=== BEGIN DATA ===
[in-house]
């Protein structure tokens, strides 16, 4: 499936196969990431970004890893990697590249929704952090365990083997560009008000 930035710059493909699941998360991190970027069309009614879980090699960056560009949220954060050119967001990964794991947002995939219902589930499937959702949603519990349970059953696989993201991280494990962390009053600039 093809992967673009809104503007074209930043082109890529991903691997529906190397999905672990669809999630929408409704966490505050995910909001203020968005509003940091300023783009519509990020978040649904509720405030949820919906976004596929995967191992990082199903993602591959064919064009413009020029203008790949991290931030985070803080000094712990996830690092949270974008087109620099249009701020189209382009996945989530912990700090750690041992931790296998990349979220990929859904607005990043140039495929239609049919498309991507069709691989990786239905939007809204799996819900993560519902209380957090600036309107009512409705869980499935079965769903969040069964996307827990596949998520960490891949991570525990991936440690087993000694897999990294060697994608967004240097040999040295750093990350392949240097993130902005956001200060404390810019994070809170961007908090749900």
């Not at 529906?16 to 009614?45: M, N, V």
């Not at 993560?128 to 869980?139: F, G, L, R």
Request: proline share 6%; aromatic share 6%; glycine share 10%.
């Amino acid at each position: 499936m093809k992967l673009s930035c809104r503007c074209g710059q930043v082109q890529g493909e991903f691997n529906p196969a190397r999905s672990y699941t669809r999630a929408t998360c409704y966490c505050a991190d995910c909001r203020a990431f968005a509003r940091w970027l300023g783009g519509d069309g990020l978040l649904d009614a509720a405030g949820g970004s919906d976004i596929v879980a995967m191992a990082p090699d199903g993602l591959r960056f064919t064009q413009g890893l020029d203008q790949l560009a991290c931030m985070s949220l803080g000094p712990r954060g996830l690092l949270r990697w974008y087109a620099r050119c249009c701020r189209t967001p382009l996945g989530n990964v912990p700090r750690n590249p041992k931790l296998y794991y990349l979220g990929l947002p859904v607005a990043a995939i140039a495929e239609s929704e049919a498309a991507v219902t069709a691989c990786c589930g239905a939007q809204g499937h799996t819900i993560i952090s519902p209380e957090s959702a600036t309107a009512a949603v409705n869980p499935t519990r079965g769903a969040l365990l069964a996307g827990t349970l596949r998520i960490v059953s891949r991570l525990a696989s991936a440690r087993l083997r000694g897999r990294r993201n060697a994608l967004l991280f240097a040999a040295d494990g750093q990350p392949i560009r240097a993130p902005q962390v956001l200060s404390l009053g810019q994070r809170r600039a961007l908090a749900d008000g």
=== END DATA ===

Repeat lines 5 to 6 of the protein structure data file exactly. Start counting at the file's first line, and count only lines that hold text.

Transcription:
Request: proline share 6%; aromatic share 6%; glycine share 10%.
């Amino acid at each position: 499936m093809k992967l673009s930035c809104r503007c074209g710059q930043v082109q890529g493909e991903f691997n529906p196969a190397r999905s672990y699941t669809r999630a929408t998360c409704y966490c505050a991190d995910c909001r203020a990431f968005a509003r940091w970027l300023g783009g519509d069309g990020l978040l649904d009614a509720a405030g949820g970004s919906d976004i596929v879980a995967m191992a990082p090699d199903g993602l591959r960056f064919t064009q413009g890893l020029d203008q790949l560009a991290c931030m985070s949220l803080g000094p712990r954060g996830l690092l949270r990697w974008y087109a620099r050119c249009c701020r189209t967001p382009l996945g989530n990964v912990p700090r750690n590249p041992k931790l296998y794991y990349l979220g990929l947002p859904v607005a990043a995939i140039a495929e239609s929704e049919a498309a991507v219902t069709a691989c990786c589930g239905a939007q809204g499937h799996t819900i993560i952090s519902p209380e957090s959702a600036t309107a009512a949603v409705n869980p499935t519990r079965g769903a969040l365990l069964a996307g827990t349970l596949r998520i960490v059953s891949r991570l525990a696989s991936a440690r087993l083997r000694g897999r990294r993201n060697a994608l967004l991280f240097a040999a040295d494990g750093q990350p392949i560009r240097a993130p902005q962390v956001l200060s404390l009053g810019q994070r809170r600039a961007l908090a749900d008000g």